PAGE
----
Austrian parliament approves total glyphosate ban
Austria's parliament on Tuesday approved a complete ban on glyphosate, putting the country on track to becoming the first EU member to forbid all use of the controversial herbicide.
Deputies voted in favour of a bill brought by the Social Democratic party to ban glyphosate products, suspected of causing cancer, as a "precautionary" measure.
The weedkiller has been closely connected with Roundup, a flagship product marketed worldwide by US giant Monsanto which was taken over by Germany's Bayer in 2018.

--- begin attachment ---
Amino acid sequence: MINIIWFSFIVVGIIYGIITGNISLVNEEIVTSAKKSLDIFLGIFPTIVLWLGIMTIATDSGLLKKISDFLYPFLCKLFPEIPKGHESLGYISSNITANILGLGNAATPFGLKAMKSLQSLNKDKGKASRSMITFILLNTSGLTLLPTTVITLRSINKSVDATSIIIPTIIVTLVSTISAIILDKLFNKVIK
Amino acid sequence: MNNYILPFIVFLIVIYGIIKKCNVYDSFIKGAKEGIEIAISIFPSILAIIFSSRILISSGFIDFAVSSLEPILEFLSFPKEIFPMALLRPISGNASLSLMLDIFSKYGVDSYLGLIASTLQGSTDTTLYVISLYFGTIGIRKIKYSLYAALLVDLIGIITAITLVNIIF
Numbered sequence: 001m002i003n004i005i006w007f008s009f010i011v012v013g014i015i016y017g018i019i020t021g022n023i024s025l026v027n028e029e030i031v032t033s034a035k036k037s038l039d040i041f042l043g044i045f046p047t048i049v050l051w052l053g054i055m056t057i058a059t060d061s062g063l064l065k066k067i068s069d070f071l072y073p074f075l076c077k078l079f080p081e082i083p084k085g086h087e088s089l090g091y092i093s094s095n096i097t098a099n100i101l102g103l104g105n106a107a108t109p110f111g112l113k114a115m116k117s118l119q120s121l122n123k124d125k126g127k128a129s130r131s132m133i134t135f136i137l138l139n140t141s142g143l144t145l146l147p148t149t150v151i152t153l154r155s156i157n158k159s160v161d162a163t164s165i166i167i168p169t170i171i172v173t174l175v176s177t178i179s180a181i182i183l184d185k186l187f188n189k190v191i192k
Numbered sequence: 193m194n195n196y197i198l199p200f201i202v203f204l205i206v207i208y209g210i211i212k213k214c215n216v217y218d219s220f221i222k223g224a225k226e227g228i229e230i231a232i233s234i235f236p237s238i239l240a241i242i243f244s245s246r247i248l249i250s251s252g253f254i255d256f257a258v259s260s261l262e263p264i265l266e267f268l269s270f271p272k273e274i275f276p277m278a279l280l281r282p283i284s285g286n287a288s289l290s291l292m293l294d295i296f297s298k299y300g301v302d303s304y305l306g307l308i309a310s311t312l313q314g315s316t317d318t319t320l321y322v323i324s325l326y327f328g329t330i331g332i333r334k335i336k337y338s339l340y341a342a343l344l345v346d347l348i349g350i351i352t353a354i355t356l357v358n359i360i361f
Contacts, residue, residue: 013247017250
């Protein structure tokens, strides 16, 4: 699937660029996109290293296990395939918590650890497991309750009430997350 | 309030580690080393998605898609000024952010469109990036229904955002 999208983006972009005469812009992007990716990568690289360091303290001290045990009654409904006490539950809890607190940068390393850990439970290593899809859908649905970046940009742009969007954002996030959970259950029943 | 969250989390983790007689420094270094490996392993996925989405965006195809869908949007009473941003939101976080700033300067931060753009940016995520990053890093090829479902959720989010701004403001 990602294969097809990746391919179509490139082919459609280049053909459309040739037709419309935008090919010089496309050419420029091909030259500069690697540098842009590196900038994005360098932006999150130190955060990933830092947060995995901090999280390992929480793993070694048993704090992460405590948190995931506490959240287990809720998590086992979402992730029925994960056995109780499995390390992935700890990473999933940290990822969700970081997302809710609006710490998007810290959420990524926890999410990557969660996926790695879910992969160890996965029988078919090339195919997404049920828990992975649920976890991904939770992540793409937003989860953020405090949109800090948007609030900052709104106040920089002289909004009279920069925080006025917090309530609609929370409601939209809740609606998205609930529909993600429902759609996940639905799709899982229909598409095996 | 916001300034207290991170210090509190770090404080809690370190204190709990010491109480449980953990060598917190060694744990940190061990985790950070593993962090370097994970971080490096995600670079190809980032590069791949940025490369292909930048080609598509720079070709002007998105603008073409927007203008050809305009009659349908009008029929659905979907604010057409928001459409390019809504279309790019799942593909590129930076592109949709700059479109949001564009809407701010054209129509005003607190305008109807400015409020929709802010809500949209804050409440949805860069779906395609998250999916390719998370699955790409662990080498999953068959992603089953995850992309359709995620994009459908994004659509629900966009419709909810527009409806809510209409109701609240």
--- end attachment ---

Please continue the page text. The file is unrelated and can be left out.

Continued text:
Under fire for the takeover, the German company has vowed more "transparency" during the process of renewing the licence of glyphosate in the European Union.
It has insisted however that glyphosate "will continue to play an important role in agriculture and in Bayer’s portfolio".
Glyphosate is classified as "probably carcinogenic" by the World Health Organisation (WHO), but the EU in December 2017 renewed the licence of the weedkiller across Europe for five years.
Roundup has been the subject of three costly judgements in California in recent months and is now the subject of more than 13,000 claims in the United States.
Among Austria's EU partners, France said in 2017 it hoped to ban glyphosate within three years, but President Emmanuel Macron has since said such a move could not be "100 percent".
Critics of the Austrian move say that it may be illegal under EU law for individual members to ban substances that have been approved for use by the EU.
© 2019 AFP